Tales of salmon so abundant in B.C. rivers that you could walk across their backs are long over, but thanks to the decades long efforts by the Nile Creek Enhancement Society (NCES) the river in the community of Qualicum Bay is once again running with pink salmon and cutthroat trout.
The restoration of Nile Creek is the Society’s flagship project and for proof that the creek is almost in a pristine state, all one has to do is have a look at the stream.
Currently it is teeming with spawning salmon and people are in hip waders fly fishing at the mouth of the creek.
“I’ve seen it happen. Thngs were dead, the fish were gone, but there’s been a change,” recounts Carolyn Graeme, owner of Shady Shores Beach Resort in Bowser.
“I tell people you can now fish from your doorstep because you literally can. You can strap on your hip waders, walk out in to the ocean and start fly fishing. The fish are back,” she said.
It wasn’t a freak act of nature or magic that has seen Nile Creek start to approach the kind of productivity it once enjoyed. It was hard work by NCES volunteers and president Ken Kirkby said after 20 years of restoration work they feel pretty good about the outcome.
“We knew that to be successful we’d have to work from mountain to ocean to restore the habitat. We have proven it can be done and it is repeatable and hopefully this can serve as a model for other projects,” he said.
Kirkby said 20 years ago it was a dead river but they have brought it back to a full living system.
“The pink salmon were virtually gone. There wasn’t a single one.”
He said they began by putting incubators in the river and it was working quite well. But no sooner had they got things back on track again when they had a major setback with construction of the Inland Island Highway.
“In 1997 silt and debris from a sand slide, caused by construction of the new Inland Highway smothered the existing fry,” he recalled.
“The river, which was just back in business again, was smothered by a vast tonnage of silt and debris. It suffocated everything in the river and all the eggs. We decided that it would take too many years for nature to flush that material out into the sea and that the only alternative was to build a river adjacent to the river called a side channel.”
He said a 700 metre side channel was built with a donation from the Steelhead Society and a settlement with the Department of Highways.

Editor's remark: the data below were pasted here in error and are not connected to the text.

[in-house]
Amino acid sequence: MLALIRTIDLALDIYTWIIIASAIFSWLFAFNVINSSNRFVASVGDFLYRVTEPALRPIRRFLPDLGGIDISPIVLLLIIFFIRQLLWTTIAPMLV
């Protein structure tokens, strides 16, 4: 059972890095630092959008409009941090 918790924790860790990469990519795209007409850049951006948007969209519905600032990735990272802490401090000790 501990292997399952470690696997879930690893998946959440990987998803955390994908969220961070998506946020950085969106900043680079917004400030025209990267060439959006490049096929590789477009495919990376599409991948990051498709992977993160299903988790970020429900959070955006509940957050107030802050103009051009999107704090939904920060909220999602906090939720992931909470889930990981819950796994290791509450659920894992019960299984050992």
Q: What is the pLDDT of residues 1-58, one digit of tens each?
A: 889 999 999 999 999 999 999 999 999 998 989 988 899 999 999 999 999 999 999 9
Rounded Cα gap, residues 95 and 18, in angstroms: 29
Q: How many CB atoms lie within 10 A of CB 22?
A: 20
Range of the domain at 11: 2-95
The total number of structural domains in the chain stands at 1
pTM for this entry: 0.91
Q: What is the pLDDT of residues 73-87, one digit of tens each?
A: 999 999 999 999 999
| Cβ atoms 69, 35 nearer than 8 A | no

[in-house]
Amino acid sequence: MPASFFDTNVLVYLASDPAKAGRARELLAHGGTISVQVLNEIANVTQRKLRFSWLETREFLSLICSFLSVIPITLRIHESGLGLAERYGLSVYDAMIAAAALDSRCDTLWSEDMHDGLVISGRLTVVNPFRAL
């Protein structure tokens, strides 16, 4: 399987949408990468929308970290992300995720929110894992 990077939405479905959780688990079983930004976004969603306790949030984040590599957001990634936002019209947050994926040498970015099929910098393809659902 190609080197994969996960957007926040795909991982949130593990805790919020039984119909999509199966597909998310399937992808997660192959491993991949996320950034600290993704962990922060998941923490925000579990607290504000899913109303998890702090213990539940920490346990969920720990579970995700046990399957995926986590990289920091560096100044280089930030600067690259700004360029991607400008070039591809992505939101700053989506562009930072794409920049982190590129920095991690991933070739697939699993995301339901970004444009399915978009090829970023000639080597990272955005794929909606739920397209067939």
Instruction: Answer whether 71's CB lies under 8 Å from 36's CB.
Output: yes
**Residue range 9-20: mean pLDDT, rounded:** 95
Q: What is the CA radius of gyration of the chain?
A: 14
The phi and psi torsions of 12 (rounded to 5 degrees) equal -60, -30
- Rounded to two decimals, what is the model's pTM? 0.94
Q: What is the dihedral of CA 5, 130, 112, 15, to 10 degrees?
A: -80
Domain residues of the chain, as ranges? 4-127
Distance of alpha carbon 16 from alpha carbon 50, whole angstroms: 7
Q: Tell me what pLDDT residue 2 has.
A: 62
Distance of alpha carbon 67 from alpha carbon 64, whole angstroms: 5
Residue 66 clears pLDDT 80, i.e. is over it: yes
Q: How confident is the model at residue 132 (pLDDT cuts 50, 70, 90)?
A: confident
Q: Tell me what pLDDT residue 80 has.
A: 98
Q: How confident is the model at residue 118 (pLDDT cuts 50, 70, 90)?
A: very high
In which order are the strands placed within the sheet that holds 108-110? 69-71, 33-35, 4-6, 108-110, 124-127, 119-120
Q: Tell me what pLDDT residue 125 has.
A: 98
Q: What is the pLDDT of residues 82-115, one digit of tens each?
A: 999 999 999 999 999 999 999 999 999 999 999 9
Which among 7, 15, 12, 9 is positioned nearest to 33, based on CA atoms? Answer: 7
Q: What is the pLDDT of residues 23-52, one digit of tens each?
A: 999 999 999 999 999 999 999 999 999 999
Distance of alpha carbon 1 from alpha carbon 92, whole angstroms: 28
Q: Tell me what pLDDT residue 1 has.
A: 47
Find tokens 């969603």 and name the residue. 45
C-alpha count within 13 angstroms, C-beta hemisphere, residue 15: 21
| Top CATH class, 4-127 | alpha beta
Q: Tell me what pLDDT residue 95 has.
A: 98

“Over the years we put in hatcheries and infrastructure to accomplish what has been accomplished. It has led to considerable notice and has attracted universities and scientists.
“Now we have taken over six new rivers and estuaries,” he said.
“This channel still remains valuable habitat for spawning salmon and we are telling the story far and wide, through a major publication of a book.”
He said they are also making a movie on the project which is being shot now.
“We have been at it for a year and will be at it for a while yet. We are now in the last stages of making a trailer, which we intend to take to Germany.”
The film will then travel the world from country to country and Kirkby said when it has done the grand circuit it will come home to Canada.
“With the team we have on hand and those who wish to come and join us and the various institutions that have sided heavily with us, I think we have a good chance of doing what was once impossible.”
Work by volunteers at the Nile Creek Hatchery is about to kick into full gear.
Kirkby said they are currently taking eggs every few days from the Quinsam River Hatchery in Campbell River.
This is where they get their brood stock.
“We are not taking from our own fish yet. We want to get as many fish in the river as possible and over time in the future we will take the eggs ourselves from our own source.”
The fertilized eggs will reside at the Quinsam River Hatchery until they are ready to be transported, at which time a million and a half plus eggs in trays will be delivered to the Nile Creek Hatchery.
“In about a month we will pick eggs on a daily basis because the dead eggs will get fungus and that fungus spreads quickly and will kill everything if you let it,” he said. “So every day we have people who come with tweezers and pick the dead ones out and count every single dead thing so that we know what the survival rate is.”
He said over last number of years their survival rate has been around 98 per cent.
Over the winter about 40 people on a rotating basis will hand-feed the fish during daylight hours.
“It has to be by hand because these salmon are so tiny that normal feeders for larger fish don’t work. We have to feed them dust, but on a damp day the dust clogs up. We have a willing contingent of people lined up to feed the fish,” he admitted.
Kirkby said when the fish died 20 years ago, everything went away but now the future is looking bright for everyone in the community.
“When our pinks come home, the B&Bs are full, the pub does business, restaurants are full and people are making a better living. Now VIU is going to do an economic study of the value of Nile Creek to the community. It is a happy story in a sorry world.”